Please Don't Fly Your Drone Near a Forest Fire

Members of a Montana fire crew view the Goodwin Fire in the Prescott area. | InciWeb

Fire crews had to halt aerial efforts to contain the Prescott-area Goodwin Fire this week because a drone was spotted in the area — the second such incident since the fire broke out last month.

As The Arizona Republic reported, the drone was sighted Tuesday morning, requiring a helicopter that was operating at the time to be grounded for two hours.

An earlier incident, also reported by The Republic, led to the arrest of a 54-year-old Prescott Valley man believed to be flying a drone near the blaze. In that incident, the drone was in the same airspace as 14 firefighting aircraft, officials said.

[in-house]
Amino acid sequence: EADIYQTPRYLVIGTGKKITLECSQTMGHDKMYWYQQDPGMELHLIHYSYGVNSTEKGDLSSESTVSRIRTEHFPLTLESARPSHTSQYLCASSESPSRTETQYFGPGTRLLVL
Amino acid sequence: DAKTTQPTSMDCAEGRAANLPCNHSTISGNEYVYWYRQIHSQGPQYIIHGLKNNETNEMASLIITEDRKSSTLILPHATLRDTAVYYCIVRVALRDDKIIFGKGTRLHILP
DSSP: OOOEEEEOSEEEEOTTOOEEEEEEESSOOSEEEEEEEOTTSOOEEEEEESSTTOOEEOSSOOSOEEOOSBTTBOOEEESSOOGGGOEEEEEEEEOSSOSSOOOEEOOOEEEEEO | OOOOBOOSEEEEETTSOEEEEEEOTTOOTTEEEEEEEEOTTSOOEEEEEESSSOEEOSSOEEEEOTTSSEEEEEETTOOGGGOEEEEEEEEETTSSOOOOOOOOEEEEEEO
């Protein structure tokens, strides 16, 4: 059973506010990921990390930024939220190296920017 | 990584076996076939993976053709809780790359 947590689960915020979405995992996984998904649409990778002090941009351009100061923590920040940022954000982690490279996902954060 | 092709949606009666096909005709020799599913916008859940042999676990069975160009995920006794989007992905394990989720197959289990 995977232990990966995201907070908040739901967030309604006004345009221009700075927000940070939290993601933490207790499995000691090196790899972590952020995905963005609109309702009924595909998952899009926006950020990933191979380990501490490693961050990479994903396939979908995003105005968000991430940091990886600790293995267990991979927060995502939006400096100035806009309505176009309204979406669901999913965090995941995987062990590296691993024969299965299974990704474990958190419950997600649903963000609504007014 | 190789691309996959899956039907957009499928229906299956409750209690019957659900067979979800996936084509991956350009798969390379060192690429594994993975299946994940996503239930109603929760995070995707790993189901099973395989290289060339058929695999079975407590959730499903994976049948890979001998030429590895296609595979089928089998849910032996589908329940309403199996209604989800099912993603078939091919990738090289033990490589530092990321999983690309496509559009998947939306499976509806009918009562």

Look, folks, we get it. Drones are fun. And they can produce some amazing photos, too — just look at the third-place winner in our most recent photo contest. But wildfires are no-fly zones. Take it from the National Interagency Fire Center:

All authorized aircraft on an incident maintain radio communication with each other to safely coordinate their missions, but aerial firefighting flight crews have no way to communicate with drone operators. Aerial firefighting aircraft have no way to detect drones other than by seeing them, and visual detection is nearly impossible due to the small size of most drones. These factors make a mid-air collision with an unauthorized drone a distinct possibility.

That site also notes that it's against federal law to interfere with firefighting efforts. Causing aircraft to be grounded because you're looking for a cool photo or video of a forest fire would certainly fit that definition. So don't do it — both for fire crews' safety and to avoid being arrested.

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